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The lipopeptides pseudofactin II and surfactin effectively decrease Candida albicans adhesion and hydrophobicity.

Biniarz P, Baranowska G, Feder-Kubis J, Krasowska A - Antonie Van Leeuwenhoek (2015)

Bottom Line: When microplates were pre-coated with biosurfactants, PF II was less active than SU, but when cells were incubated together with biosurfactants, the activity of both compounds was similar, independent of the CSH of strains.This suggests irreversible changes in the cell wall after the treatment with biosurfactants.Preincubation of C. albicans with biosurfactants caused extraction of cell wall proteins with molecular mass in the range of 10-40 kDa, which is one possible mechanism of action of the tested lipopeptides.

View Article: PubMed Central - PubMed

Affiliation: Faculty of Biotechnology, University of Wrocław, ul. Fryderyka Joliot-Curie 14a, 50-383, Wrocław, Poland.

ABSTRACT
A serious problem for humans is the propensity of Candida albicans to adhere to various surfaces and its ability to form biofilms. Surfactants or biosurfactants can affect the cell surfaces of microorganisms and block their adhesion to different substrates. This study investigated adhesion of C. albicans strains differing in cell surface hydrophobicity (CSH) to polystyrene microplates in order to compare the ability of lipopeptide biosurfactants pseudofactin (PF II) and surfactin (SU) to prevent fungal adhesion to polystyrene. The biosurfactants decreased adhesion of tested strains by 35-90 % when microplates were conditioned before the addition of cells. A 80-90 % reduction of adhesion was observed when cells were incubated together with lipopeptides in microplates. When microplates were pre-coated with biosurfactants, PF II was less active than SU, but when cells were incubated together with biosurfactants, the activity of both compounds was similar, independent of the CSH of strains. When cells were preincubated with lipopeptides and then the compounds were washed out, the adhesion of hydrophobic strains increased two times in comparison to control samples. This suggests irreversible changes in the cell wall after the treatment with biosurfactants. CSH of hydrophobic strains decreased only by 20-60 % after incubation with biosurfactants while adhesion decreased by 80-90 %; the changes in cell adhesion can be thus only partially explained through the modification of CSH. Preincubation of C. albicans with biosurfactants caused extraction of cell wall proteins with molecular mass in the range of 10-40 kDa, which is one possible mechanism of action of the tested lipopeptides.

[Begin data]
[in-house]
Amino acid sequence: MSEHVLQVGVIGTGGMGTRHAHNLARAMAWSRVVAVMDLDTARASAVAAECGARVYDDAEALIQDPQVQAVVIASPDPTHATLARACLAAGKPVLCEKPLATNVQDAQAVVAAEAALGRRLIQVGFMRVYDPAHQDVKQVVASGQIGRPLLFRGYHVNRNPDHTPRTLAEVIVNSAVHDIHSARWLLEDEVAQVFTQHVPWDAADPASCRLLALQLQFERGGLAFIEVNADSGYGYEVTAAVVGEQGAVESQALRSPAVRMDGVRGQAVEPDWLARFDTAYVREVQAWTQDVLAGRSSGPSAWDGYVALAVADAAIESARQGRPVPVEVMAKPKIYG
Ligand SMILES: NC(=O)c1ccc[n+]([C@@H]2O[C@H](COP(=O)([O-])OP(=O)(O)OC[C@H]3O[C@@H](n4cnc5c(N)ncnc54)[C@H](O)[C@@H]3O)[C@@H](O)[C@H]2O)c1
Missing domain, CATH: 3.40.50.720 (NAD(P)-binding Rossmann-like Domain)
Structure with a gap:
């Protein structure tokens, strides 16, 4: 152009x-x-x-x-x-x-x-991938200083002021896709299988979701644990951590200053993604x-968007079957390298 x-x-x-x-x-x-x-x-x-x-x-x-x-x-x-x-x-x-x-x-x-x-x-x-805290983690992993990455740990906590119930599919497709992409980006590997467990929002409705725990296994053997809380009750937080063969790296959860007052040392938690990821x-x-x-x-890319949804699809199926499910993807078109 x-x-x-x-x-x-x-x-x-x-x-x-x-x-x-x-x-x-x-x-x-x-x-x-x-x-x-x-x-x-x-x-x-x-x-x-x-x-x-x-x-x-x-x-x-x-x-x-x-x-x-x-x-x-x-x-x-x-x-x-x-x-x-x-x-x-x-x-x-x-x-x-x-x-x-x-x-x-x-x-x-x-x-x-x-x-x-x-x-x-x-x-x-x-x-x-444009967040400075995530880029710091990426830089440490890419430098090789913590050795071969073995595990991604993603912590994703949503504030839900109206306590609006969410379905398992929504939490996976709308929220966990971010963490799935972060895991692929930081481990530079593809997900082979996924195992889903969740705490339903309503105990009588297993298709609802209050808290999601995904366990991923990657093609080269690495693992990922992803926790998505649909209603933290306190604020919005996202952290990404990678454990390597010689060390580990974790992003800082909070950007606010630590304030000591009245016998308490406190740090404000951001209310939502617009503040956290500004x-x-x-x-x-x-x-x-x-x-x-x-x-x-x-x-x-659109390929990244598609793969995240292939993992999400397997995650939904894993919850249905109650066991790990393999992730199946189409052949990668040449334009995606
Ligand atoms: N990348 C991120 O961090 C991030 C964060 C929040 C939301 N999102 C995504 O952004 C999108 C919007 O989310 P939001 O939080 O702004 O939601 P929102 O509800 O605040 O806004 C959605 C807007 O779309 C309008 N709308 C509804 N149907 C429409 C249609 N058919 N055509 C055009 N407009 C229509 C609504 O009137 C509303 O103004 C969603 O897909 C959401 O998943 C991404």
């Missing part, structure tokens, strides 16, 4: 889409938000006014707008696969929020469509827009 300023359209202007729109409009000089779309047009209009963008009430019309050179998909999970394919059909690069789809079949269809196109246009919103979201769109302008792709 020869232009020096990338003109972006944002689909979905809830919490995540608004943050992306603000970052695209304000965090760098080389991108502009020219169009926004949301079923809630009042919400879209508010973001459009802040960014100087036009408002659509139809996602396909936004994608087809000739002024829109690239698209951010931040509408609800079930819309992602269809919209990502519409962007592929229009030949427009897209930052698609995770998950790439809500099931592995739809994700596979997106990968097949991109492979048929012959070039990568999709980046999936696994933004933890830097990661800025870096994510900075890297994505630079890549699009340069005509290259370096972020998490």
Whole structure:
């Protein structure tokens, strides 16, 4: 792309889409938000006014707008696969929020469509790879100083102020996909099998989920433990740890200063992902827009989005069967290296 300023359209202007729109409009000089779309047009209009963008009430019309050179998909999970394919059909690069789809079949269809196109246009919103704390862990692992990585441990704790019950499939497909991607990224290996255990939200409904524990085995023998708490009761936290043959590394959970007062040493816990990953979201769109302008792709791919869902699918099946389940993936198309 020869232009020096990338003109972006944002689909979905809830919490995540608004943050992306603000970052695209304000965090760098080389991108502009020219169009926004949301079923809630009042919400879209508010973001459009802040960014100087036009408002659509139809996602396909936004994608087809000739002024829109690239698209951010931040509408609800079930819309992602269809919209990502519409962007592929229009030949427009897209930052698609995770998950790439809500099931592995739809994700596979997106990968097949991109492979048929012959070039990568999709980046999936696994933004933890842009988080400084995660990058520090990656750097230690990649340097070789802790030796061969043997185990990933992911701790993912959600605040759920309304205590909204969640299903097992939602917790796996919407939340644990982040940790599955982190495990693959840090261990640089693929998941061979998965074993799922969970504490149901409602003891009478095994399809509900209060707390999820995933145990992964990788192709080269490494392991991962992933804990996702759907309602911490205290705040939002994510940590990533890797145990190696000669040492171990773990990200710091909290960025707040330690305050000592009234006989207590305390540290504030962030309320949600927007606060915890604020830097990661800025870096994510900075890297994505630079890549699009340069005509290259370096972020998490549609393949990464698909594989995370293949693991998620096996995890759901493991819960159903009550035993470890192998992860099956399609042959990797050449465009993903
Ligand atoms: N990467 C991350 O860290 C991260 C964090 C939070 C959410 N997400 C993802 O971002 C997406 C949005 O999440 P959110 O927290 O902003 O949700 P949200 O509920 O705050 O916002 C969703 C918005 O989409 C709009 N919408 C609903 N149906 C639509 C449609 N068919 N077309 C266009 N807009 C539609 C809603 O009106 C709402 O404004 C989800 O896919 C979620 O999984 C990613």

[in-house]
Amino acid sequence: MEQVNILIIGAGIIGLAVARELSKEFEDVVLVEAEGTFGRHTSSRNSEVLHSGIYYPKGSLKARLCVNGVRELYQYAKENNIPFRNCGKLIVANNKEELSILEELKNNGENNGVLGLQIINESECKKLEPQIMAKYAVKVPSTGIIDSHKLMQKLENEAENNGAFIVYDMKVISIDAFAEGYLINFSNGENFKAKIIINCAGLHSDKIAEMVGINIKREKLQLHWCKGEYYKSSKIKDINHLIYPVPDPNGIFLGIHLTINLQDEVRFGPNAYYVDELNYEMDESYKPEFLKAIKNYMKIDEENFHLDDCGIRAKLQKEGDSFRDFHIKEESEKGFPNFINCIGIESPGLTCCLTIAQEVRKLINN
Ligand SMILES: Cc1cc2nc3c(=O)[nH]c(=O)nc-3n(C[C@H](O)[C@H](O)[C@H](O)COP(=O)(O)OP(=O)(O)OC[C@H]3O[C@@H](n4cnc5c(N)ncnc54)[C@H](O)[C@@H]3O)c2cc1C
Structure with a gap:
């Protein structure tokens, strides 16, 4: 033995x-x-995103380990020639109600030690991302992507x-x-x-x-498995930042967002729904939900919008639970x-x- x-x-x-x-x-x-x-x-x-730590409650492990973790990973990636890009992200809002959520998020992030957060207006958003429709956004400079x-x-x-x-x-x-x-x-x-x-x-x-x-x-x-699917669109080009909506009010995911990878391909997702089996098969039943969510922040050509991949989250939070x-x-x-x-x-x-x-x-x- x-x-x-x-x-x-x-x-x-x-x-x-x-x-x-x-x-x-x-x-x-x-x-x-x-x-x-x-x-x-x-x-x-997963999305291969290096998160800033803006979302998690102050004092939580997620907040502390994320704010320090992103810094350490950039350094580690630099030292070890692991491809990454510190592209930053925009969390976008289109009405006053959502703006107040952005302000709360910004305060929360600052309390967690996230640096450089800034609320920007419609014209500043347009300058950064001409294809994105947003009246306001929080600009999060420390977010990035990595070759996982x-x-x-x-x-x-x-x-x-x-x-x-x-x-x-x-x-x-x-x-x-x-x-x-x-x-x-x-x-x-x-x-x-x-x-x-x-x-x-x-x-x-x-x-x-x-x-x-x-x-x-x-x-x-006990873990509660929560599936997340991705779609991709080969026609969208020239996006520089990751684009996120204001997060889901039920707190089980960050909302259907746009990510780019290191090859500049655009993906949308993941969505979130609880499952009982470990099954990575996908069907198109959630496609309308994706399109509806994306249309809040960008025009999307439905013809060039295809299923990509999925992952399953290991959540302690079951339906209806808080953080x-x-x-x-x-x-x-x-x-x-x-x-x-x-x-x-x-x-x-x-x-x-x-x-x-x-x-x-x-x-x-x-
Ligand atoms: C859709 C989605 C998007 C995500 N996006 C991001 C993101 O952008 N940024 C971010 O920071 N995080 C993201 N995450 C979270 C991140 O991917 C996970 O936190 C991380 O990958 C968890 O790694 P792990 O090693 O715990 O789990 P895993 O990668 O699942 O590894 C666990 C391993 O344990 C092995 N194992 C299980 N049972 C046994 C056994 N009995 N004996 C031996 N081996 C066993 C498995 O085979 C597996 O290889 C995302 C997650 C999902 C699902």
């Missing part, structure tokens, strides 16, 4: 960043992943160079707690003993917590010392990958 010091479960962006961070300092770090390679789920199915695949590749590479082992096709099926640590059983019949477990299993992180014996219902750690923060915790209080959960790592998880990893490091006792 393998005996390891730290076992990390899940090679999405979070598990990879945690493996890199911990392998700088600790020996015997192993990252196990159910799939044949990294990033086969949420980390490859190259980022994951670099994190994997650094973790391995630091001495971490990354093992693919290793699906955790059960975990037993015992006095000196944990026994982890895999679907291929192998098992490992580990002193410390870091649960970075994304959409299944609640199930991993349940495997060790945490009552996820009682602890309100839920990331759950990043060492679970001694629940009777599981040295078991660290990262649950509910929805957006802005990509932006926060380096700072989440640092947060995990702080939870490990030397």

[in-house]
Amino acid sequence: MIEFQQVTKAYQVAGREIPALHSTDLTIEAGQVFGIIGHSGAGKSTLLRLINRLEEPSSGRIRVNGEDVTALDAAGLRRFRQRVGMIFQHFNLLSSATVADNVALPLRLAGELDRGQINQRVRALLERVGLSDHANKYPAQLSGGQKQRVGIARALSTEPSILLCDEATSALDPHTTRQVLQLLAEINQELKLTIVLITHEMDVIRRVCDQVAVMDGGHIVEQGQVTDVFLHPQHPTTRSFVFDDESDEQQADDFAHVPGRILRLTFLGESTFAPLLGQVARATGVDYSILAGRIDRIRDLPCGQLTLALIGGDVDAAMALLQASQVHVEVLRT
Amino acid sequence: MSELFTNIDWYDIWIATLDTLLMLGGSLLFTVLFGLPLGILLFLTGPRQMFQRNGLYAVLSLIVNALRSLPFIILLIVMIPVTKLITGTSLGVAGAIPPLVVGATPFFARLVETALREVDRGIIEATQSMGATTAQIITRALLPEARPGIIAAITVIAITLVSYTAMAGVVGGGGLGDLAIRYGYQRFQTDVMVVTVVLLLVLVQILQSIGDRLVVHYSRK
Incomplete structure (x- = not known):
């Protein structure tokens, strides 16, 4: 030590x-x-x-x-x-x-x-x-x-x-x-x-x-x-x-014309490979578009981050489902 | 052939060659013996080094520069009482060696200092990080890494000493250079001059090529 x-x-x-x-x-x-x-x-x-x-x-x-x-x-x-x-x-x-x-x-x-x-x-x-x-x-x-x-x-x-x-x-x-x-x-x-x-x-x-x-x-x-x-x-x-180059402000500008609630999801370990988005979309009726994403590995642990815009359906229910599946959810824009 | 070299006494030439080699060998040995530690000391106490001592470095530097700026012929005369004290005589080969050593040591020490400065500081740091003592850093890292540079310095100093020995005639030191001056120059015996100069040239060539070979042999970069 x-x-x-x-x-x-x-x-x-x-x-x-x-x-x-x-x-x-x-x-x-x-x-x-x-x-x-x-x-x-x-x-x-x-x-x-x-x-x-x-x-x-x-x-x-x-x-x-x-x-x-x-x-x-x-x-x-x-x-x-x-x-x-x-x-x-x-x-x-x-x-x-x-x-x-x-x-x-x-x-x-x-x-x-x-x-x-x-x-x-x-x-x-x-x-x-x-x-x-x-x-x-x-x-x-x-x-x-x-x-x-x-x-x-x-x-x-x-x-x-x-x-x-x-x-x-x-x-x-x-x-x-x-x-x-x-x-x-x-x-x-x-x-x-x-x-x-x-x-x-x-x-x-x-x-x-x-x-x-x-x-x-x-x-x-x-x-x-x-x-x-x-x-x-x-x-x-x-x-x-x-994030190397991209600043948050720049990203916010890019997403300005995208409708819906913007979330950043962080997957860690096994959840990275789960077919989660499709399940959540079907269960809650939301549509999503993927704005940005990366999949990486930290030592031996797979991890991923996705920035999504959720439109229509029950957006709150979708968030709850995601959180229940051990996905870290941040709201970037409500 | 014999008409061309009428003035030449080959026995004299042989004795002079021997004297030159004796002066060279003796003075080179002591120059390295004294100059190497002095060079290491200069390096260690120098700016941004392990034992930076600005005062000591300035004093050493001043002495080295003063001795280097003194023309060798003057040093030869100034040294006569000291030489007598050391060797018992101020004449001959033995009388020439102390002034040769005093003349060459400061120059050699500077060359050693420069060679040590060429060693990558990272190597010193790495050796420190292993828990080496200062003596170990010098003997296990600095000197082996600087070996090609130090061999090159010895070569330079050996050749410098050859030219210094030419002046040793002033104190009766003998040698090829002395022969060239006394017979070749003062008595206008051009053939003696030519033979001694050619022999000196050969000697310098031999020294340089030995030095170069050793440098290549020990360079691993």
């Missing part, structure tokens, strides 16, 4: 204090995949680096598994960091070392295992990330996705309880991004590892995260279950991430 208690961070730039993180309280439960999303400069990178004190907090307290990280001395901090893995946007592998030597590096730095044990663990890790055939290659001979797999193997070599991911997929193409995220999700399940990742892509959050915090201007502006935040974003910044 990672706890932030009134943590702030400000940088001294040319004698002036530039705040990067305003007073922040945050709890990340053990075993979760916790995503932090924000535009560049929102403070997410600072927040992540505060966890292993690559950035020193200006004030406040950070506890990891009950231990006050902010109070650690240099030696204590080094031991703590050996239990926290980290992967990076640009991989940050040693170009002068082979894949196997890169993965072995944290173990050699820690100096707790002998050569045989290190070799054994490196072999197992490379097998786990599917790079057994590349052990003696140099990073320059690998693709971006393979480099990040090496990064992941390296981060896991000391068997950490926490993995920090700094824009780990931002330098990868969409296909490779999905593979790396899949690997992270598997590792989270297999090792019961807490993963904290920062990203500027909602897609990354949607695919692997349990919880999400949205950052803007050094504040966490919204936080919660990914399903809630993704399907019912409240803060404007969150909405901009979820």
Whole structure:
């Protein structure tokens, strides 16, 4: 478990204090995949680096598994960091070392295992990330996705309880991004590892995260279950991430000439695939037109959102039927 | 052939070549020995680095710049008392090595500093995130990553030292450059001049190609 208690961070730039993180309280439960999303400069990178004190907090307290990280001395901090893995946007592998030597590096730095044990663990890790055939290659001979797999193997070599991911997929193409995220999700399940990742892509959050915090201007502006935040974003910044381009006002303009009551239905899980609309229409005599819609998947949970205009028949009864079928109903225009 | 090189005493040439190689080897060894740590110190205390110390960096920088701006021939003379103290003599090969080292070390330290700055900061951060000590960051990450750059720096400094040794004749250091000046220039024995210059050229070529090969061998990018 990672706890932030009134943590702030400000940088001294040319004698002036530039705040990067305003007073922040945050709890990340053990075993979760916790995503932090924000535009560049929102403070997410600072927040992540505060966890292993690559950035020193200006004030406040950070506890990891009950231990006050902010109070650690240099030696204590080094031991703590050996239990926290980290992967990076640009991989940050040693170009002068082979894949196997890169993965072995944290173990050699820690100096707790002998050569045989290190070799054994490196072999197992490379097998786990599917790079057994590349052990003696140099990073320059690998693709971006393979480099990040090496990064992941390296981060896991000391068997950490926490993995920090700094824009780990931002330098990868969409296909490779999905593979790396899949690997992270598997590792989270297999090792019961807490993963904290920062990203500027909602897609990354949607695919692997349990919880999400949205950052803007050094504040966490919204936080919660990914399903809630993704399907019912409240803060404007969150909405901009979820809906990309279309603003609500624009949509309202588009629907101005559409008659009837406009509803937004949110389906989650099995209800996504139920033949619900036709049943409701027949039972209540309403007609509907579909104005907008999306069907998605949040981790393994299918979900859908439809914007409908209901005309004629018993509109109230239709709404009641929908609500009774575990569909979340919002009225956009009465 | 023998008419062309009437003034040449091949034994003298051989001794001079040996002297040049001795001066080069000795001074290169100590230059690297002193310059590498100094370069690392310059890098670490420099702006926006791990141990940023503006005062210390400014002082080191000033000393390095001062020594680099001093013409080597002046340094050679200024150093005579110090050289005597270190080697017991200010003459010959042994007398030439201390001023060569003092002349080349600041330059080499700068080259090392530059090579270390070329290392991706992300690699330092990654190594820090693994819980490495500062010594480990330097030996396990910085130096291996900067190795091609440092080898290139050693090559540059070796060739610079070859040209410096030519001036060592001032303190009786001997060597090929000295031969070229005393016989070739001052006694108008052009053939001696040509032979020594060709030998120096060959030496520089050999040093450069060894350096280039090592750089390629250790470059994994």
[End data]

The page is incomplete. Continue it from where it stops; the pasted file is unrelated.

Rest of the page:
No MeSH data available.


Related in: MedlinePlus

Cell surface hydrophobicity (CSH) of C. albicans strains pretreated with 0.035 mg/ml (grey bars) and 0.1 mg/ml (inverse hatched bars) PF II in PBS or 0.005 mg/ml (hatched bars) and 0.015 mg/ml (white bars) SU in PBS, compared to control samples (black bars). The CSH was measured in the presence of biosurfactants in Candida suspension (a) or after rinsing out the surface-active compounds (b). Statistical analysis was performed by modified paired t test *P < 0.05, **P < 0.01, ***P < 0.001
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Fig6: Cell surface hydrophobicity (CSH) of C. albicans strains pretreated with 0.035 mg/ml (grey bars) and 0.1 mg/ml (inverse hatched bars) PF II in PBS or 0.005 mg/ml (hatched bars) and 0.015 mg/ml (white bars) SU in PBS, compared to control samples (black bars). The CSH was measured in the presence of biosurfactants in Candida suspension (a) or after rinsing out the surface-active compounds (b). Statistical analysis was performed by modified paired t test *P < 0.05, **P < 0.01, ***P < 0.001

Mentions: After a 2-h incubation with PF II or SU, CSH of C. albicans CAF4-2 and DSY653 significantly decreased and this effect was concentration-dependent. Monomers of PF II influenced CAF4-2 and DSY653 more strongly than monomers of SU. Other tested strains seemed resistant to the influence of biosurfactants (Fig. 6a). On the other hand, when biosurfactants were washed out, CSH level of hydrophobic cells recovered (Fig. 6b). In this assay the time of incubation with biosurfactants was 2 h and these conditions can be compared to experiments with adhesion of cells treated with biosurfactants (Fig. 4). CSH of hydrophobic strains decreased only by 20–60 % (Fig. 6) while adhesion decreased by 80–90 % (Fig. 4). Also the potential irreversible changes in the cell surface of C. albicans caused by lipopeptides have an impact on adhesion but not on CSH of hydrophobic strains (cf. Figs. 5, 6). This result suggests that decrease in cell adhesion by lipopeptides can be only partially explained by the modification of CSH and should be considered only in the case of hydrophobic strains CAF4-2 and DSY653.Fig. 6